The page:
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Christian Science Monitor will stop printing daily
NEW YORK |
NEW YORK (Reuters) - The Christian Science Monitor will abandon its weekday print edition next year, choosing instead to put daily news on its free website and print a paper just once a week.
It is the first nationally distributed U.S. newspaper to make such a move, and could prove a harbinger for an industry battered by a falling advertising sales and circulation, and a steep rise in the cost of newsprint.
"It's a tough road, but we basically feel that the Web is where the growth is," said Editor John Yemma, who added that the paper might cut some staff.
The Monitor was founded in 1908 by Mary Baker Eddy, who founded the Church of Christ Scientist in Massachusetts. The paper has 95 full-time editorial staff, plus freelancers, and nine U.S. and nine overseas bureaus.
Eddy wanted a paper that would distinguish itself by providing even-handed news when the trend of the day was to pick up readers through sensational, so-called "yellow journalism" whose art was perfected by warring newspaper barons like Joseph Pulitzer and William Randolph Hearst.
Its motto is "to injure no man, but to bless all mankind."
It offers an assortment of world news that tends to rely more on analytical stories than breaking news. The sole theological contribution in the paper is a daily article subtitled "A Christian Science perspective on daily life."
Forty years ago, the paper boasted more than 223,000 subscribers. Time has not been kind, however. About 52,200 mostly U.S. subscribers pay for the Monitor today. By comparison, the New York Times and Wall Street Journal each have more than 1 million subscribers.
The website gets 1.5 million monthly unique visitors and 5 million monthly page views. Yemma wants to raise that to 25 million by 2013. Boston.com, the website of The Boston Globe, where Yemma was a longtime editor, boasted 170 million when he was last there, he said. Yemma left the Globe in June to join the Monitor.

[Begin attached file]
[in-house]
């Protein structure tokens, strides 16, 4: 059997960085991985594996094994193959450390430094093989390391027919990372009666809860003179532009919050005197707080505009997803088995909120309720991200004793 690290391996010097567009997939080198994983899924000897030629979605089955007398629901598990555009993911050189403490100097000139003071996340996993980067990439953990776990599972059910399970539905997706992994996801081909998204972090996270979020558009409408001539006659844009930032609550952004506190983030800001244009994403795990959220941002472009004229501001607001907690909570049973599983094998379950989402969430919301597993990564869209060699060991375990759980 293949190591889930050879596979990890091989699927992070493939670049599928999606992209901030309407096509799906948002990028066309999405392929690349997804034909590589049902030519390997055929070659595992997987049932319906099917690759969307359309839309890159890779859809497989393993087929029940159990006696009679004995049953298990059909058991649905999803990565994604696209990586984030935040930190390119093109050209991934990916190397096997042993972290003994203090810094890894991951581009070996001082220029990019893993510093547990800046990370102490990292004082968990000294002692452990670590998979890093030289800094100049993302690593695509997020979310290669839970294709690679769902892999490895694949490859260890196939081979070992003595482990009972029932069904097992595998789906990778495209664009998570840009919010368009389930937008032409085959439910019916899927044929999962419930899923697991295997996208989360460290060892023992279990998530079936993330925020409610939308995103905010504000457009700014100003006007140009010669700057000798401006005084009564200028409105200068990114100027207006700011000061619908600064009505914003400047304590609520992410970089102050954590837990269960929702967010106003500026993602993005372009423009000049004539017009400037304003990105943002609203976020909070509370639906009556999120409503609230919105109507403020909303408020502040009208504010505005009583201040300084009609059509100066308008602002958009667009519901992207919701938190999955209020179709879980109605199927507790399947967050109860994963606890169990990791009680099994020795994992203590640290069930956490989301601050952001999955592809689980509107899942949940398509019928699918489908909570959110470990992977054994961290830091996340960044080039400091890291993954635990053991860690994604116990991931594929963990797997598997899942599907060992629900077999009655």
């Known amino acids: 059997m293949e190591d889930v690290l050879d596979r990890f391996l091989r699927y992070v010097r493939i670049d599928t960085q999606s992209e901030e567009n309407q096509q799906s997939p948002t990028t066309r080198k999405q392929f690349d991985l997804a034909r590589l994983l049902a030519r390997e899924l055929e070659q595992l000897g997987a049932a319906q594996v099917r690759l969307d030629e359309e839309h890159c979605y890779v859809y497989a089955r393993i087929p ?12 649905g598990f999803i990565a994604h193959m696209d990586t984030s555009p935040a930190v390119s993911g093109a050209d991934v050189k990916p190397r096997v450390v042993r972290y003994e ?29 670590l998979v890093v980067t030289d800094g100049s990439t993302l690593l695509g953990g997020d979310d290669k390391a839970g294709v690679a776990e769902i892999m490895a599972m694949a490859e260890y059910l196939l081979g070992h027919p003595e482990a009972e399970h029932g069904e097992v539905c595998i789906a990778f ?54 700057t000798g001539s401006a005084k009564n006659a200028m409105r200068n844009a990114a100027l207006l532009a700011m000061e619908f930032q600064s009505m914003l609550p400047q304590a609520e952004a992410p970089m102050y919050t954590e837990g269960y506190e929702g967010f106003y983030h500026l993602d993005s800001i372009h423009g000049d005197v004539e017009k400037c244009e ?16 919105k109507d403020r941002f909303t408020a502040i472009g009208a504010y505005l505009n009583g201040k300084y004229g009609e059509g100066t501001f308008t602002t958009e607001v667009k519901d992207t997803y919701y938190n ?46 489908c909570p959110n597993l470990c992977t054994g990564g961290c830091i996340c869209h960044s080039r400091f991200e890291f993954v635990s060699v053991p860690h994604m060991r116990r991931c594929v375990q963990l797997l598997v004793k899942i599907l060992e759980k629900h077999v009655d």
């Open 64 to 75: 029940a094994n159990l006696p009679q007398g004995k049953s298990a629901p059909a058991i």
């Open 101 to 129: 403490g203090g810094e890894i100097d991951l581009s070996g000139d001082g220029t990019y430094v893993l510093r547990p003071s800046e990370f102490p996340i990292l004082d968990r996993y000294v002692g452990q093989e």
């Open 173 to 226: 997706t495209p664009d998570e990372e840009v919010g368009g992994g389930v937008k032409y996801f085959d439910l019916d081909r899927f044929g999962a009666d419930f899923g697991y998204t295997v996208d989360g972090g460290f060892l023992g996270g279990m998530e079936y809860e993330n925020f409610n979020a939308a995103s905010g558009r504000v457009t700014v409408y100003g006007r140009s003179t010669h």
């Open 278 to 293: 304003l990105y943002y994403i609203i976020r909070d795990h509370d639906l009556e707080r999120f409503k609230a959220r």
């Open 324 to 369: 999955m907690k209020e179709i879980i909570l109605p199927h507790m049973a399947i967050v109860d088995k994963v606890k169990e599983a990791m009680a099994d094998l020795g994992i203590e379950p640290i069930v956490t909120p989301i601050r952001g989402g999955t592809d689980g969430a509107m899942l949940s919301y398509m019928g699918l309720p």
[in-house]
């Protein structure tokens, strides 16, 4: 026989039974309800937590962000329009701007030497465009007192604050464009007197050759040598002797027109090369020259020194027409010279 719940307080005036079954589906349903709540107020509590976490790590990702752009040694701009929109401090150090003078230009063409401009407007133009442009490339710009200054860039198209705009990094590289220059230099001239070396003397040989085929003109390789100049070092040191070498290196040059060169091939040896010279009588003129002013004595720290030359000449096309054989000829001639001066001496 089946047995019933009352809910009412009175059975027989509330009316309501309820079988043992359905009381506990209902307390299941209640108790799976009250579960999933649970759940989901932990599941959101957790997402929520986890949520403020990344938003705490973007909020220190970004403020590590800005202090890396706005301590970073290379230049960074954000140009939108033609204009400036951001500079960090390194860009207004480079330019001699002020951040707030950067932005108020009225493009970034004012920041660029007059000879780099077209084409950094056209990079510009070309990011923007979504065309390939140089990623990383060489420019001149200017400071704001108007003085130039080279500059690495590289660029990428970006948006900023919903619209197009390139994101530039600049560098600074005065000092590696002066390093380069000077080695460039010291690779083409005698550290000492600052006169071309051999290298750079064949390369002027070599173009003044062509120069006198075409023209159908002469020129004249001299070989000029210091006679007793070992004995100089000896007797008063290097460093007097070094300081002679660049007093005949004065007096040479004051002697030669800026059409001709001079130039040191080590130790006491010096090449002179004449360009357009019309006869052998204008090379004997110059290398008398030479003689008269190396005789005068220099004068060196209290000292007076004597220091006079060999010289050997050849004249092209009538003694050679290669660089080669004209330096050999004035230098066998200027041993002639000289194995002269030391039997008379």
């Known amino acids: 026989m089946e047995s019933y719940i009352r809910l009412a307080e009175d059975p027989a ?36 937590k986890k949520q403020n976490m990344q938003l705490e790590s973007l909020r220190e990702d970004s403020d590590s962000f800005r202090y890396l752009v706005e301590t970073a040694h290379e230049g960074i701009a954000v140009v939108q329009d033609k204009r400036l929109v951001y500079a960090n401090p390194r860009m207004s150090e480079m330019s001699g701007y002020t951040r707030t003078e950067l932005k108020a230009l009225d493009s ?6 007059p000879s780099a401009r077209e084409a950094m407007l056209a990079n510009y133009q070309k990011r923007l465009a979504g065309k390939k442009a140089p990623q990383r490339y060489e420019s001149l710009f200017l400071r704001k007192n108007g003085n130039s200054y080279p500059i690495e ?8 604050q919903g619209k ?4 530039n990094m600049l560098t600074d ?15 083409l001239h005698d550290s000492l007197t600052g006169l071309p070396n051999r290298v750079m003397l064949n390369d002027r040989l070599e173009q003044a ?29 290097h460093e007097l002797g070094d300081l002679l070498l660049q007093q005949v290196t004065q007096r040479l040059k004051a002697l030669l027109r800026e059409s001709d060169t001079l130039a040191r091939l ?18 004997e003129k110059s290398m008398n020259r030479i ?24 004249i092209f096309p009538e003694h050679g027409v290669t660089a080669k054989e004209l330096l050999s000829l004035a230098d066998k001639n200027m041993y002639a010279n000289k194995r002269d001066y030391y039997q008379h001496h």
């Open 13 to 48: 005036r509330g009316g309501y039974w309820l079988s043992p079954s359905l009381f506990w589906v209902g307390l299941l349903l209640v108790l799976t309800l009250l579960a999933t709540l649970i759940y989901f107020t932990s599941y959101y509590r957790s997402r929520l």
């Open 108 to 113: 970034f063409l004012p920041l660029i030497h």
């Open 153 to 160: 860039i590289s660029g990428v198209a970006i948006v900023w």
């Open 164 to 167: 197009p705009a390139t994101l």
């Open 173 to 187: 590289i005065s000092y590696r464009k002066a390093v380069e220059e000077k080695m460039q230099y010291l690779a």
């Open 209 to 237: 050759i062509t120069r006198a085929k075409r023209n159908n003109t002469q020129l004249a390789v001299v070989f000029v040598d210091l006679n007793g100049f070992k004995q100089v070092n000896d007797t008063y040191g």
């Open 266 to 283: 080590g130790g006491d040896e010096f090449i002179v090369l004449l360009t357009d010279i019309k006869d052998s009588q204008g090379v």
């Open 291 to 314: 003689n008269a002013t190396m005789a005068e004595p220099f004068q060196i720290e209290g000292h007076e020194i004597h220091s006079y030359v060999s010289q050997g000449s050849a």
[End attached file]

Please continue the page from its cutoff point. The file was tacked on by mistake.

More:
The Monitor previously attempted to expand beyond the paper, making investments in television, radio and a magazine, but the effort nearly bankrupted it.
The paper shot back into prominence in 2006 when Jill Carroll, a freelance reporter for the paper, was kidnapped in Baghdad and held for 82 days by Sunni Muslim insurgents. Its account of her ordeal and release received wide attention.
Ending print could be easier at the Monitor because it does not depend on ad revenue for most of its income. Instead, it gets a $10 million to $12 million annual subsidy from The Church of Christ Scientist that keeps it breaking even.
Many other papers would have a harder time doing this because they still depend on print editions for 90 percent of their revenue. Going online only would make it impossible for most newsrooms to operate, and would destroy the profits that investors demand from publicly traded publishers.
"There aren't investors who are clamoring for returns," Louis Ureneck, chairman of Boston University's journalism department, said of the Monitor. "It's an interesting experiment, and we need lots of experiments now."
The Monitor eventually wants to end the subsidy by supporting itself with advertising on its website. It also is exploring becoming a national and international news provider to local U.S. news outlets.
"It's difficult for editorial to plan and to expand if every year they go hat in hand to the church and say ... 'Can you give us another $5 million? Another $10 million?" the Monitor's Yemma said.
The Monitor also will seek younger readers, but not by changing its even-handed tone. "Christian" will stay in the name, Yemma added. "We don't have an axe to grind," he said.
(Editing by Richard Chang)
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